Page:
SoSe 16: Vulnerability and Resilience in Theory and Practice (MA EPP)
In recent years, the terms ‘vulnerability’ and ‘resilience’ (robustness or durability) have both become key concepts in such research areas as world hunger, sustainability, climate change, and ... read more
In recent years, the terms ‘vulnerability’ and ‘resilience’ (robustness or durability) have both become key concepts in such research areas as world hunger, sustainability, climate change, and especially in disaster research. These terms mark a fundamental change in the discourse about risks and hazards. Classical approaches in disaster research were oriented predominately at risks such as earthquakes, storms or droughts, which were thought of as being “disruptive factors,” external to society which could potentially lead to disasters. Societal relations played scarcely any roll in such conceptions. Since the 1980s socio-economic, cultural, and political conditions slowly gravitate toward the centre of research focus. It was argued that these aforementioned conditions were significant for determining the probability that someone would become a disaster victim. According to this understanding, people, cultures, or societies could be more or less “vulnerable” to the same risks depending upon how they live, what they are able to afford, which social or organizational labour induced constraints they are subjected to, etc. That being so, it is in societies’ hands to shape these circumstances so that vulnerability is reduced even in the cases where the hazards themselves cannot be changed. Since the 1990s, this perspective has been broadened to cover investigations into, for example, why people handle crises, shocks, terror, or disasters differently as well as why some escape such events largely unscathed (i.e. why some are somehow “resilient” while others, for example, must bear long-term psychological and somatic effects). Important to note in this approach is that it no longer focuses on determining vulnerability to a specific risk, but rather it highlights the necessity to understand that which in general makes people resilient to a range of different, even unknown hazards.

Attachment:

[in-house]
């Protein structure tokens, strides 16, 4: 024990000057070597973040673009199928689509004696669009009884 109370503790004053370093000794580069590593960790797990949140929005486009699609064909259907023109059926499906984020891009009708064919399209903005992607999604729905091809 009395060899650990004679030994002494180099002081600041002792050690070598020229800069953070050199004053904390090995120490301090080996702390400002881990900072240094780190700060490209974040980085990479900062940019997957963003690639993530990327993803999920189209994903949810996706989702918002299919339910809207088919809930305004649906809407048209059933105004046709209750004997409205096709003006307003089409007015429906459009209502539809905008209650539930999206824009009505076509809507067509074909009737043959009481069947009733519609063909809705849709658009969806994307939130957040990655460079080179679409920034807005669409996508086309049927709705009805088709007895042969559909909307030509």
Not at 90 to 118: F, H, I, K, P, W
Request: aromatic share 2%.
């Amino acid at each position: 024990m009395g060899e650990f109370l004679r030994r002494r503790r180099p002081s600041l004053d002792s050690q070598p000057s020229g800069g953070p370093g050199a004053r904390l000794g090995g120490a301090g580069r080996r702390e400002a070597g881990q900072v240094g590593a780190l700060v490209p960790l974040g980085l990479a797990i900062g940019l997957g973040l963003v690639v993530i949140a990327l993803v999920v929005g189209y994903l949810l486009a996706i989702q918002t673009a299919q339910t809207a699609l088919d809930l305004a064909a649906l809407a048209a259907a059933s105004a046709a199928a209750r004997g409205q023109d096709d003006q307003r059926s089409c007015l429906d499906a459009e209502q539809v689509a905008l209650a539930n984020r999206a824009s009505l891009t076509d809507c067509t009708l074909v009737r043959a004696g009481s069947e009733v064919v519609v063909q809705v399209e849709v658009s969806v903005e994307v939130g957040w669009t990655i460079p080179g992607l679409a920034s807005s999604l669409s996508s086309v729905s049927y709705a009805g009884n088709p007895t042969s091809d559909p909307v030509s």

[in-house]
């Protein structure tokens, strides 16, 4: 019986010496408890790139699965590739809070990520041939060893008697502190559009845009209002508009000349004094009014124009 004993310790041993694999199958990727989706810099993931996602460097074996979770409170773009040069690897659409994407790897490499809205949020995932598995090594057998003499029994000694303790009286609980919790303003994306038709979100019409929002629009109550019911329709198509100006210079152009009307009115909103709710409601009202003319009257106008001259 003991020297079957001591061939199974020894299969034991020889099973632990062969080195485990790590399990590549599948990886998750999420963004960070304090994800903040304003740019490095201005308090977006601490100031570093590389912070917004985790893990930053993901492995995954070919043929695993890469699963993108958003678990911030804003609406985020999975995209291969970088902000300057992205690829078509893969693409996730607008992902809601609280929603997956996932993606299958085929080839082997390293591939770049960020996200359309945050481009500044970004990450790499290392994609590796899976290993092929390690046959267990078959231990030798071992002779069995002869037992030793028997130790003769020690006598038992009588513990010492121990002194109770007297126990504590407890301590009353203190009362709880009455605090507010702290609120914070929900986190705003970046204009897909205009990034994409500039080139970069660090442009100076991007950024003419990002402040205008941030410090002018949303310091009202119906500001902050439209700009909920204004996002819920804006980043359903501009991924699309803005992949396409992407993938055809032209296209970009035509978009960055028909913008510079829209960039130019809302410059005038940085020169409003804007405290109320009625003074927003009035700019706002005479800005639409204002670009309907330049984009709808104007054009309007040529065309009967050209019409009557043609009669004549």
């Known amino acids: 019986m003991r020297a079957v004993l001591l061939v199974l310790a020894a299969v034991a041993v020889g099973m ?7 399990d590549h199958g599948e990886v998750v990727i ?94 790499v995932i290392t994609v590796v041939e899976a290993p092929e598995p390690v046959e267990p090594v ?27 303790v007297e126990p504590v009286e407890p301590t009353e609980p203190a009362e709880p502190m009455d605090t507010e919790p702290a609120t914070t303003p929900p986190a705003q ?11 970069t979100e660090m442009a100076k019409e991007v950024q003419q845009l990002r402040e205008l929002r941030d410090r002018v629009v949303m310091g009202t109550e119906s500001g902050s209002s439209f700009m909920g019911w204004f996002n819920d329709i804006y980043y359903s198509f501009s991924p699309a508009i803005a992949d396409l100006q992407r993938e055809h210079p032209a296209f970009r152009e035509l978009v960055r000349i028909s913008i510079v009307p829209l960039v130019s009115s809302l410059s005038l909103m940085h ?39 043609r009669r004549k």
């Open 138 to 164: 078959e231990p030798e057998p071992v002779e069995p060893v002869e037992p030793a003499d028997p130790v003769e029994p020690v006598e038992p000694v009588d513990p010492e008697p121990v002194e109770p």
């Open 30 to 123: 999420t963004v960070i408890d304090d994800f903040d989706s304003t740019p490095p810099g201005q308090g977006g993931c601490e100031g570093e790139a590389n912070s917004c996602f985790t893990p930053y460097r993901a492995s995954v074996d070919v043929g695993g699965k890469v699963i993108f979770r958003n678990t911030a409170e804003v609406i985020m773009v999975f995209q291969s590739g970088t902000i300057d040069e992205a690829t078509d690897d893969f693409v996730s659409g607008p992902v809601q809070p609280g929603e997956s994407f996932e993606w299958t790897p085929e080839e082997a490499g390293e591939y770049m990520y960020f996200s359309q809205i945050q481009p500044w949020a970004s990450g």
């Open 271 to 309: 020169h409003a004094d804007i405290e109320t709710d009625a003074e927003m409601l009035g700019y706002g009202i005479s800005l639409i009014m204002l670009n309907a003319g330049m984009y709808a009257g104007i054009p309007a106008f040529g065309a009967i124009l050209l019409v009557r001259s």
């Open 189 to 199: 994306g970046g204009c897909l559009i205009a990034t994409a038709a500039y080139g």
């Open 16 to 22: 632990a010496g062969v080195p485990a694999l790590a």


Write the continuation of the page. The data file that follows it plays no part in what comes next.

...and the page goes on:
In this course we will thoroughly develop the central concepts of vulnerability and resilience with a specific scrutiny of the hazards as posed by the 21st century. We will likewise discuss three application areas (in the context of the “2030 Agenda for Sustainable Development”, the “Sendai Framework for Disaster Risk Reduction” and the UNFCCC “Paris Agreement” on Climate Change) as well as the conditions and possibility for practical application.
If you want to prepare a lecture on one of the above mentioned topics (concepts of vulnerability or resilience, “2030-Agenda”, “Sendai Framework”, “Paris Agreement”) for the early sessions of the seminar over the term break, you can already contact me via email.